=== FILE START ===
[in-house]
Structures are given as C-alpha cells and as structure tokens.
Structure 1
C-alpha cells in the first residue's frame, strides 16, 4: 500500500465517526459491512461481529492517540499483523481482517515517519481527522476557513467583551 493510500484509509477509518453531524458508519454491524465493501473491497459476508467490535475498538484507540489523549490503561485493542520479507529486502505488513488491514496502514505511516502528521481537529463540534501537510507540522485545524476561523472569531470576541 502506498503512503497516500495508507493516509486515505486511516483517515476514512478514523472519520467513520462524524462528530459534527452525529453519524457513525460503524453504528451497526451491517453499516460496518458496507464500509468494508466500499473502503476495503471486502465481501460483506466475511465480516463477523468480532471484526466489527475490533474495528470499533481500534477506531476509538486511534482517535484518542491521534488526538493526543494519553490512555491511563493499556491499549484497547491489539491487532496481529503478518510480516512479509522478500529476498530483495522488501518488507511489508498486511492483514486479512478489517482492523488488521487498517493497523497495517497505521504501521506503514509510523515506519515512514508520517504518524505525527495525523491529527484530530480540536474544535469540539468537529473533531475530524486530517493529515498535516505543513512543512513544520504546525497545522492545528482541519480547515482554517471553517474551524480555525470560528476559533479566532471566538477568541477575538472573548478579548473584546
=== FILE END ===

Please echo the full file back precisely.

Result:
[in-house]
Structures are given as C-alpha cells and as structure tokens.
Structure 1
C-alpha cells in the first residue's frame, strides 16, 4: 500500500465517526459491512461481529492517540499483523481482517515517519481527522476557513467583551 493510500484509509477509518453531524458508519454491524465493501473491497459476508467490535475498538484507540489523549490503561485493542520479507529486502505488513488491514496502514505511516502528521481537529463540534501537510507540522485545524476561523472569531470576541 502506498503512503497516500495508507493516509486515505486511516483517515476514512478514523472519520467513520462524524462528530459534527452525529453519524457513525460503524453504528451497526451491517453499516460496518458496507464500509468494508466500499473502503476495503471486502465481501460483506466475511465480516463477523468480532471484526466489527475490533474495528470499533481500534477506531476509538486511534482517535484518542491521534488526538493526543494519553490512555491511563493499556491499549484497547491489539491487532496481529503478518510480516512479509522478500529476498530483495522488501518488507511489508498486511492483514486479512478489517482492523488488521487498517493497523497495517497505521504501521506503514509510523515506519515512514508520517504518524505525527495525523491529527484530530480540536474544535469540539468537529473533531475530524486530517493529515498535516505543513512543512513544520504546525497545522492545528482541519480547515482554517471553517474551524480555525470560528476559533479566532471566538477568541477575538472573548478579548473584546